Ultimately I was left very curious and being that I always have egg whites, and have some amazing quality cocoa butter (one perk of living here is access to truly excellent cocoa butter since we grow so much cacao), I decided to bake an 1/8th sheet tray portion of this cake myself.

First of all, it’s delicious. The batter was delicious and the resulting cake is as well. I left out vanilla to make sure it wouldn’t interfere with the flavor.
This is based on Stella’s white cake which contains a portion of coconut oil for a more white crumb. I replaced the coconut oil with cocoa butter. One thing to be mindful of is that cocoa butter needs to be creamy, but you really need to be careful of letting it cool much longer than that because it goes hard to a point it won’t cream successfully very fast. So melt and then cool down just until it’s opaque and creamy! Ideally just letting it cool at room temp is safer.

For the nibs, I steeped them in buttermilk for about 30 minutes. As you can see, the crumb is a bit more beige, but it should be able to take on color without issue. To be fair I also strained through a fine sieve after steeping, but I have a finer one that would be best, as tiny bits of nibs passed through.

I am in love with how tasty this cake, but want to get opinions from people who don’t know anything about it to determine if it truly tastes like chocolate to them. I think getting some chocolate extract would take it over the top if any doubt remains. I think I’ll get some to try this again sometime.

My mom was the first person to try it with no knowledge of the ingredients. When I asked her what it tasted like she unequivocally answered “chocolate”.


It looks super tender.

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Do you share your recipes? If you do, I’d like to try this please. And no, I’m not a commercial baker; I’m a retired electrical engineer.

Would you consider brushing the layers with Champagne syrup? I find that white chocolate and Champagne go together very well.

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I made Stella Parks Brown Butter Shortbread.

They are delicious. It’s predictable that I would like them because they are exactly my taste: I like crunchy cookies and dislike soft cookies; I adore malt; I adore brown butter, but who doesn’t.

The sugar didn’t get toasted for me by the time I was done browning the butter; it took quite a bit longer.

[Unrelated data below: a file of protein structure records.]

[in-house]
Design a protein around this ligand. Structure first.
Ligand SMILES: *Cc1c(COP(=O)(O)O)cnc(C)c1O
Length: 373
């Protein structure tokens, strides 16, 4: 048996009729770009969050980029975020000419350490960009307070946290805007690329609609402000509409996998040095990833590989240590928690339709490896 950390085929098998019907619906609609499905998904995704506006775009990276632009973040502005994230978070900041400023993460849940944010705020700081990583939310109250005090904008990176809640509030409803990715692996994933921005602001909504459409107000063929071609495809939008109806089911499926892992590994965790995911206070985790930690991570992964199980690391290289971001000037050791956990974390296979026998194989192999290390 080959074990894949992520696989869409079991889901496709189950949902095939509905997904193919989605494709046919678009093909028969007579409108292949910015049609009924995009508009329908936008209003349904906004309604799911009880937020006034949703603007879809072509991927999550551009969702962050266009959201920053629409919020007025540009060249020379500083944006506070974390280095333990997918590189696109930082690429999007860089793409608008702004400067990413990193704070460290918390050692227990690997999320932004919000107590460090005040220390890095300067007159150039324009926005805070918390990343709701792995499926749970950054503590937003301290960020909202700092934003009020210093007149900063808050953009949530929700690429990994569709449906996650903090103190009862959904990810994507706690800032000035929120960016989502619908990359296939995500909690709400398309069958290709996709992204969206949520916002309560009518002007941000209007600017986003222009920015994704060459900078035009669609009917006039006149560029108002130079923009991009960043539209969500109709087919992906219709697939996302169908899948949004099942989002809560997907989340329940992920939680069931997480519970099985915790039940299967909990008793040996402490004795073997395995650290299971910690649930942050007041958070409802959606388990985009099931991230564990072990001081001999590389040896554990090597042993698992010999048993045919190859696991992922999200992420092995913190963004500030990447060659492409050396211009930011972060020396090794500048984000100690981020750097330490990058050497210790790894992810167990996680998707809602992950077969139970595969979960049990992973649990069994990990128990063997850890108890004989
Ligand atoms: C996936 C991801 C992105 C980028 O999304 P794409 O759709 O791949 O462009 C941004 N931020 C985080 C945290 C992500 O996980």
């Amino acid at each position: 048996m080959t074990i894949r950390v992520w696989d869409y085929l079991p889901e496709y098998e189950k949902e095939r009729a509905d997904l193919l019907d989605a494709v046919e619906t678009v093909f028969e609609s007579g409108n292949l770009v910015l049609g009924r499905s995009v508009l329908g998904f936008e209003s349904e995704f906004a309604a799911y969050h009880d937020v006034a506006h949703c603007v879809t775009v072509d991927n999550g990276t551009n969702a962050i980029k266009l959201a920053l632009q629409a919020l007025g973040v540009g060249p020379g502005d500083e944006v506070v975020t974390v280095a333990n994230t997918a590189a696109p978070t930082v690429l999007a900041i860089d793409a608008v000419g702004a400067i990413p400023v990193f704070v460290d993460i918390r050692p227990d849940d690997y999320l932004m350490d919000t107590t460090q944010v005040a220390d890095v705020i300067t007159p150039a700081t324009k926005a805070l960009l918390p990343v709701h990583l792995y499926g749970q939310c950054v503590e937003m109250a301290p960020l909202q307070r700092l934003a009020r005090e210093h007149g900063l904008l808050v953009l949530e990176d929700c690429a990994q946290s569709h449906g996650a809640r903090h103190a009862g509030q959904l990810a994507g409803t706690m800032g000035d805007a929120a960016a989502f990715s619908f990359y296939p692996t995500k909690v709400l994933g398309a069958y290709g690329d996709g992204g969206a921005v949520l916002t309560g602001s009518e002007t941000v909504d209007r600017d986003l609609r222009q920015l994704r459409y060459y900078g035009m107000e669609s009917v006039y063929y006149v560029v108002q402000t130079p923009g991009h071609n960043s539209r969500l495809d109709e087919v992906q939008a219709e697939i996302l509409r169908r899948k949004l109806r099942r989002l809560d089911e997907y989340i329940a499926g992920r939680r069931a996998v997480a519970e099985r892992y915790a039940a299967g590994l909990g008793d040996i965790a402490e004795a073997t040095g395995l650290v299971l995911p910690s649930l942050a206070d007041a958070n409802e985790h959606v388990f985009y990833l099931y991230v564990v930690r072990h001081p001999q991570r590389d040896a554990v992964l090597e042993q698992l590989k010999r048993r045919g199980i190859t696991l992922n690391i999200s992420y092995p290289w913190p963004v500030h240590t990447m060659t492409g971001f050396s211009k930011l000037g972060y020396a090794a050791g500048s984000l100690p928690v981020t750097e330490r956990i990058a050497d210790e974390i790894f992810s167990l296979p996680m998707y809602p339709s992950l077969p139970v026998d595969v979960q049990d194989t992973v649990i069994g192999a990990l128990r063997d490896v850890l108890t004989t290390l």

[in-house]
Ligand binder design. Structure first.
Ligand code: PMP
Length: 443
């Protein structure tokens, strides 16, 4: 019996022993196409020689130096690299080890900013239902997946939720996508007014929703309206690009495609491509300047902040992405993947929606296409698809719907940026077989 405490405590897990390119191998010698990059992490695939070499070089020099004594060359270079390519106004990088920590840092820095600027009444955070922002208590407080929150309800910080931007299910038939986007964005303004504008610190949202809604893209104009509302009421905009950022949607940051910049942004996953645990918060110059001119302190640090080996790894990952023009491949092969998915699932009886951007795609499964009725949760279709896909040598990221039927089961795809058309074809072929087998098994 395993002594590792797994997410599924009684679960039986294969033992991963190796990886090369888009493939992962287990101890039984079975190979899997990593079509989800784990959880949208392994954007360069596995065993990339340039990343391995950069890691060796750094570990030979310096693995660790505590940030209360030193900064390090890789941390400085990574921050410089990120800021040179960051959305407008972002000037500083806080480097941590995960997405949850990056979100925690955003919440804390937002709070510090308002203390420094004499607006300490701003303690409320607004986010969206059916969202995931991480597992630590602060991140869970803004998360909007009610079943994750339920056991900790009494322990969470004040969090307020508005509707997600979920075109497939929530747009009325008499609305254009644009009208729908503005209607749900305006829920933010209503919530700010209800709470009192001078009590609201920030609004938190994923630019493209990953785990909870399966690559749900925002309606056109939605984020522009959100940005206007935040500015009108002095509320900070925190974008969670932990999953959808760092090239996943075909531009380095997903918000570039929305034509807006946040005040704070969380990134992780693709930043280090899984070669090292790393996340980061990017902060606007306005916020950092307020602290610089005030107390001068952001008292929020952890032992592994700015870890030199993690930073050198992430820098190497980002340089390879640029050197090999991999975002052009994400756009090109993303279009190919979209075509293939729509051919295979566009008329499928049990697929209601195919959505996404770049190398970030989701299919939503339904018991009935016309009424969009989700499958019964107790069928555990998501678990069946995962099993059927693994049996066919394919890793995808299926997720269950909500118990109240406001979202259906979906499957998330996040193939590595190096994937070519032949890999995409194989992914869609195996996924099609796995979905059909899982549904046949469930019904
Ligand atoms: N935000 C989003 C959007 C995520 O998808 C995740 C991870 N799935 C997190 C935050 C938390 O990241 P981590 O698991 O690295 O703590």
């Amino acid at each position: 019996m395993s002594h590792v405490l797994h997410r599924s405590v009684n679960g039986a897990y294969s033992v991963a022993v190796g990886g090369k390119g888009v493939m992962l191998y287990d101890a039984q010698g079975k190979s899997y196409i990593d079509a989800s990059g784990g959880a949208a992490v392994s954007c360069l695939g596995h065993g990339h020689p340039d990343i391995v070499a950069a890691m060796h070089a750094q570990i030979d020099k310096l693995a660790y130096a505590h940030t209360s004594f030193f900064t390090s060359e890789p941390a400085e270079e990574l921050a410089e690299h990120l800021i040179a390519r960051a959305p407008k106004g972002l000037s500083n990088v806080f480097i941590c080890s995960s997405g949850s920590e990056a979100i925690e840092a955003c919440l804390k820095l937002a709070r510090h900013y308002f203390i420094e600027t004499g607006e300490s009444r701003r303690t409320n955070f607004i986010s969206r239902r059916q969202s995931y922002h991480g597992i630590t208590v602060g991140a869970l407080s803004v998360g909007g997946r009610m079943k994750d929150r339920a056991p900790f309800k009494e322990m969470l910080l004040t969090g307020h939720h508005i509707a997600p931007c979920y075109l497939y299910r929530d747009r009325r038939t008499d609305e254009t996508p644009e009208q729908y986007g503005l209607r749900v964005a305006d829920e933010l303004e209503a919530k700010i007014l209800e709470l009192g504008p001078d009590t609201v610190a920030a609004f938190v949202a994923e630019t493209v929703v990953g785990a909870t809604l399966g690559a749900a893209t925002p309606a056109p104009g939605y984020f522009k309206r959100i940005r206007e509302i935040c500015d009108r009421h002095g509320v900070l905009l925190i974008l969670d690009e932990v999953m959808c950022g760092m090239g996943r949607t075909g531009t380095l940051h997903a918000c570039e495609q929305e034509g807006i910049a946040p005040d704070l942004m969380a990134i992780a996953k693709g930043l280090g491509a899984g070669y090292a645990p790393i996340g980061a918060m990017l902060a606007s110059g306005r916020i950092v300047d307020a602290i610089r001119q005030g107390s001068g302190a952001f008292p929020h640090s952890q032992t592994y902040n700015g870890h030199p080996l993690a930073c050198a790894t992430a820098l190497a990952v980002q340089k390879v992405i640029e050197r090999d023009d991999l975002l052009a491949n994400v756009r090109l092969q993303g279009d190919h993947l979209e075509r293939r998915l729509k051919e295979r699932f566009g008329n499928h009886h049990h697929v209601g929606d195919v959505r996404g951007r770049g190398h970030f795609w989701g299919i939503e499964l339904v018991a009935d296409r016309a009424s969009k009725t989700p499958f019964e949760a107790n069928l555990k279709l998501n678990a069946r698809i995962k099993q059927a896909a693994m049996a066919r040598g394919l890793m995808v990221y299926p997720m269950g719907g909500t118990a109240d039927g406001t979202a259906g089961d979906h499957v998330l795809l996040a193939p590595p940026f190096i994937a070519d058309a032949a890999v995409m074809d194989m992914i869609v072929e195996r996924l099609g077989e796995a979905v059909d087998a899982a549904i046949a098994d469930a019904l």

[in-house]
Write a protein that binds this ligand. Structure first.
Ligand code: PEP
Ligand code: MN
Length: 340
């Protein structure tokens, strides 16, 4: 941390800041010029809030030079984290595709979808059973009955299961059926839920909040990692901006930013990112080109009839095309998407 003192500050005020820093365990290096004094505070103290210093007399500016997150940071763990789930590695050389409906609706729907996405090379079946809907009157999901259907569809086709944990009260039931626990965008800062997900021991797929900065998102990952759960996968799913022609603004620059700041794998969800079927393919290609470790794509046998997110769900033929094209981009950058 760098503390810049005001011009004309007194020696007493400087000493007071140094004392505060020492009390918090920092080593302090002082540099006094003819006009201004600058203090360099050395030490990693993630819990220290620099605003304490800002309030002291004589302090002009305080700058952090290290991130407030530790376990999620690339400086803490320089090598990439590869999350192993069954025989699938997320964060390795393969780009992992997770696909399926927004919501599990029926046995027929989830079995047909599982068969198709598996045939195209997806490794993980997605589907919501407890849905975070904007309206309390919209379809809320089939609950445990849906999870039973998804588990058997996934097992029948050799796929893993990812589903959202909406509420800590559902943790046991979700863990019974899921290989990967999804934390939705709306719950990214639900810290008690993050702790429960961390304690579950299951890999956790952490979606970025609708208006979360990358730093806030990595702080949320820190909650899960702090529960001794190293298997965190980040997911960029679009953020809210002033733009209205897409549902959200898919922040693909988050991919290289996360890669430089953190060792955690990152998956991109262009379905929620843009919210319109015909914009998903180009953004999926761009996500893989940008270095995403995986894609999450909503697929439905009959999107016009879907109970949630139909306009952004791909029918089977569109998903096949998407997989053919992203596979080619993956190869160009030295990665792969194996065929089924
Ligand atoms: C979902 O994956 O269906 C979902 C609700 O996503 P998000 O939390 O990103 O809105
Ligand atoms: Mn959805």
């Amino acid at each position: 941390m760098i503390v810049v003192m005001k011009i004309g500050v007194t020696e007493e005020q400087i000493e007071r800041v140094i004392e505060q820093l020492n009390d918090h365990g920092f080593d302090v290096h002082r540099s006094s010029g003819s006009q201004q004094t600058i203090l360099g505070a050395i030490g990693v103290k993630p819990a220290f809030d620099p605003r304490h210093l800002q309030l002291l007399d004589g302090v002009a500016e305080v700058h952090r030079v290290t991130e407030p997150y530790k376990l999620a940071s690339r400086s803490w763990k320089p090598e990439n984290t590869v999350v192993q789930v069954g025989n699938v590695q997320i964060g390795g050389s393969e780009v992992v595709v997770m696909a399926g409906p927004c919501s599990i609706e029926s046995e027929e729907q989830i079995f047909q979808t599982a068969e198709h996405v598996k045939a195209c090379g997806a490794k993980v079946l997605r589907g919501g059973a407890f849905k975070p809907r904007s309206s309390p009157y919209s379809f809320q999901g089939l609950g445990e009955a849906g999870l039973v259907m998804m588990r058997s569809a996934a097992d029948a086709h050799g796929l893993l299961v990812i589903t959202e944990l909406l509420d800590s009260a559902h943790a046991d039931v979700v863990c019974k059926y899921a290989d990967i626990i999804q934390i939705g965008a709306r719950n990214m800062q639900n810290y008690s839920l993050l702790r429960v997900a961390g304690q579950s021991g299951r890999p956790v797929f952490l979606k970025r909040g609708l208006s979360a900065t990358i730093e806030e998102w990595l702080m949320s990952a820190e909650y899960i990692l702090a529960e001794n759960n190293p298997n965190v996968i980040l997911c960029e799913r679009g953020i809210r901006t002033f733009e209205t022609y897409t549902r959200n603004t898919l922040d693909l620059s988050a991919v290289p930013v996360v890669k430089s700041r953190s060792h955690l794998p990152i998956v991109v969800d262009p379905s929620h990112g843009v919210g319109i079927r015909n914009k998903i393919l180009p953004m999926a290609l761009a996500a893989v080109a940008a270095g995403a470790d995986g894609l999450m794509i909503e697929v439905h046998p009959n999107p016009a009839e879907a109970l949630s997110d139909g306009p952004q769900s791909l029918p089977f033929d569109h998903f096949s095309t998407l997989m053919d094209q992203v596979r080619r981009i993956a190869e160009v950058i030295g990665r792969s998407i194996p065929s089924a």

When the brown butter was semi-solid and pale colored it was still over 75 degrees Fahrenheit. I recommend that you use an instant read thermometer as a commenter on the recipe said that their cookies failed as a result of using too warm brown butter.

I baked the cookies an extra six minutes as they weren’t brown on the bottom at fifteen minutes. The texture came out great, very crunchy.

They are quite sweet so those of you who like your sweets not too sweet may want to pass on this recipe. They are also quite salty. I enjoyed the sweet, salty and toasty in non-moderate amounts.


Yeah I didn’t like this one. I feel Stella is very loose with the term “shortbread” when she uses equal sugar to flour. The whole reason I like shortbread is that it’s much lower in sugar in comparison to the butter and flour.

Yep, when I mention the sweetness of a baked good, I have you in mind. :wink:

For the record, I use original flavor Ovaltine when malted milk powder is called for. Stella Parks’ favorite malted milk powder, Hoosier Hills, may be less sweet.

Also, she’s a Southerner; they’re known for liking their sweets extra sweet.


It’s no secret and I find the concept of secret recipes very silly anyway. It’s just a 1/4 batch of Stella Parks’ white cake with cocoa butter in place of the coconut oil and for the buttermilk I took a slightly larger amount, heated until steaming, and steeped with 2 tbsp of cocoa nibs for 30-40 minutes. The other changes are some I mentioned before where I use a bit more salt and a bit less sugar than she does.
There’s no chocolate in the cake as I find white chocolate mostly ends up tasting buttery and vanilla-like rather than chocolatey.
I wouldn’t brush this cake with anything as it’s very moist, but if I had the crème de cacao I might consider it in syrup for extra chocolate flavor.
I barely make layer cakes, so who knows when I’ll play around with this beyond this point.